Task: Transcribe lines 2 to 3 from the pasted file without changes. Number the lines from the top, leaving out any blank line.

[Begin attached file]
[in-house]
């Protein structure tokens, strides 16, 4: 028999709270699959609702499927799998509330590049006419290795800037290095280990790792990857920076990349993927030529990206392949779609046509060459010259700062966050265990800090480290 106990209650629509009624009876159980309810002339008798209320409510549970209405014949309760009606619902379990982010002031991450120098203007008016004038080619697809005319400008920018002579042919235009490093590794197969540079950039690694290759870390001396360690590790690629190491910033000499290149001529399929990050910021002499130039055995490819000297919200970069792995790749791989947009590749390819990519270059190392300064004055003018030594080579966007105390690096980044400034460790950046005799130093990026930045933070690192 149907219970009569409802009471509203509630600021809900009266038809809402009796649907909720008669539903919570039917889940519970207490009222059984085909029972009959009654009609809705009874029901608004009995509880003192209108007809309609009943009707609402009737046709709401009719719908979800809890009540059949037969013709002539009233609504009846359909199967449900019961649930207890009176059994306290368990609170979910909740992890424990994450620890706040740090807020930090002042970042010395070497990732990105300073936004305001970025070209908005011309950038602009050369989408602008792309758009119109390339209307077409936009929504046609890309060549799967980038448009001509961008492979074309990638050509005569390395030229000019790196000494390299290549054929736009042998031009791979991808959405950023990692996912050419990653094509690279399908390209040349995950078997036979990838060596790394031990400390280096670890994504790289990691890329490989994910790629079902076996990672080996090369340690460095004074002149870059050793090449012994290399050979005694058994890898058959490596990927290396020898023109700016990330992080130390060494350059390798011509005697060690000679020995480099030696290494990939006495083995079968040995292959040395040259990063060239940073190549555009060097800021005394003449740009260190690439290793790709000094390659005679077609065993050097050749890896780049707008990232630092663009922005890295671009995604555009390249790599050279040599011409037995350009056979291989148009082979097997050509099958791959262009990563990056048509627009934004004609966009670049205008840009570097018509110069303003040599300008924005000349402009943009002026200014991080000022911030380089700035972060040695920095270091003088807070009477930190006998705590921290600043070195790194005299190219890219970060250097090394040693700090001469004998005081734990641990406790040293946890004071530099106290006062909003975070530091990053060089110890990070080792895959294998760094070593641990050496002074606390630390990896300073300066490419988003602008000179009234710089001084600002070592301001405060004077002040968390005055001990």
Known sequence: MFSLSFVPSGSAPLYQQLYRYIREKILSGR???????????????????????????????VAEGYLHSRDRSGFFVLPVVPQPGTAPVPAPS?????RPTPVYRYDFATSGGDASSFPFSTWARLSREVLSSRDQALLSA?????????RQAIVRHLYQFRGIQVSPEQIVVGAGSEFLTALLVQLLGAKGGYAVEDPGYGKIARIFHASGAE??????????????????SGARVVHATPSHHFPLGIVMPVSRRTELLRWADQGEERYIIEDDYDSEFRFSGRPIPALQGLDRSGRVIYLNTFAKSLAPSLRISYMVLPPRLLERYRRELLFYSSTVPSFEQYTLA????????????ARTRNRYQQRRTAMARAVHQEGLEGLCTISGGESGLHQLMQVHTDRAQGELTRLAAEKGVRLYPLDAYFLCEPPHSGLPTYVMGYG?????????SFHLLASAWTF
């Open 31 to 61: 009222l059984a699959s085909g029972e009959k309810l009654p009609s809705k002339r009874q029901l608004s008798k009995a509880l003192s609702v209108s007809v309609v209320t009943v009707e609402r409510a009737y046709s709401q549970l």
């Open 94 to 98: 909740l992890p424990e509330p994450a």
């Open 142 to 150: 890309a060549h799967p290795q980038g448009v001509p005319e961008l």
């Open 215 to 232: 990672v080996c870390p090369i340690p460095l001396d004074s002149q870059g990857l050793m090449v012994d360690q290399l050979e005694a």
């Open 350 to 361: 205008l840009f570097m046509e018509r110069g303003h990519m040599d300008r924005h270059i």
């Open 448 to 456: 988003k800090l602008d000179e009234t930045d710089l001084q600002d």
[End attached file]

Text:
């Protein structure tokens, strides 16, 4: 028999709270699959609702499927799998509330590049006419290795800037290095280990790792990857920076990349993927030529990206392949779609046509060459010259700062966050265990800090480290 106990209650629509009624009876159980309810002339008798209320409510549970209405014949309760009606619902379990982010002031991450120098203007008016004038080619697809005319400008920018002579042919235009490093590794197969540079950039690694290759870390001396360690590790690629190491910033000499290149001529399929990050910021002499130039055995490819000297919200970069792995790749791989947009590749390819990519270059190392300064004055003018030594080579966007105390690096980044400034460790950046005799130093990026930045933070690192 149907219970009569409802009471509203509630600021809900009266038809809402009796649907909720008669539903919570039917889940519970207490009222059984085909029972009959009654009609809705009874029901608004009995509880003192209108007809309609009943009707609402009737046709709401009719719908979800809890009540059949037969013709002539009233609504009846359909199967449900019961649930207890009176059994306290368990609170979910909740992890424990994450620890706040740090807020930090002042970042010395070497990732990105300073936004305001970025070209908005011309950038602009050369989408602008792309758009119109390339209307077409936009929504046609890309060549799967980038448009001509961008492979074309990638050509005569390395030229000019790196000494390299290549054929736009042998031009791979991808959405950023990692996912050419990653094509690279399908390209040349995950078997036979990838060596790394031990400390280096670890994504790289990691890329490989994910790629079902076996990672080996090369340690460095004074002149870059050793090449012994290399050979005694058994890898058959490596990927290396020898023109700016990330992080130390060494350059390798011509005697060690000679020995480099030696290494990939006495083995079968040995292959040395040259990063060239940073190549555009060097800021005394003449740009260190690439290793790709000094390659005679077609065993050097050749890896780049707008990232630092663009922005890295671009995604555009390249790599050279040599011409037995350009056979291989148009082979097997050509099958791959262009990563990056048509627009934004004609966009670049205008840009570097018509110069303003040599300008924005000349402009943009002026200014991080000022911030380089700035972060040695920095270091003088807070009477930190006998705590921290600043070195790194005299190219890219970060250097090394040693700090001469004998005081734990641990406790040293946890004071530099106290006062909003975070530091990053060089110890990070080792895959294998760094070593641990050496002074606390630390990896300073300066490419988003602008000179009234710089001084600002070592301001405060004077002040968390005055001990």
Known sequence: MFSLSFVPSGSAPLYQQLYRYIREKILSGR???????????????????????????????VAEGYLHSRDRSGFFVLPVVPQPGTAPVPAPS?????RPTPVYRYDFATSGGDASSFPFSTWARLSREVLSSRDQALLSA?????????RQAIVRHLYQFRGIQVSPEQIVVGAGSEFLTALLVQLLGAKGGYAVEDPGYGKIARIFHASGAE??????????????????SGARVVHATPSHHFPLGIVMPVSRRTELLRWADQGEERYIIEDDYDSEFRFSGRPIPALQGLDRSGRVIYLNTFAKSLAPSLRISYMVLPPRLLERYRRELLFYSSTVPSFEQYTLA????????????ARTRNRYQQRRTAMARAVHQEGLEGLCTISGGESGLHQLMQVHTDRAQGELTRLAAEKGVRLYPLDAYFLCEPPHSGLPTYVMGYG?????????SFHLLASAWTF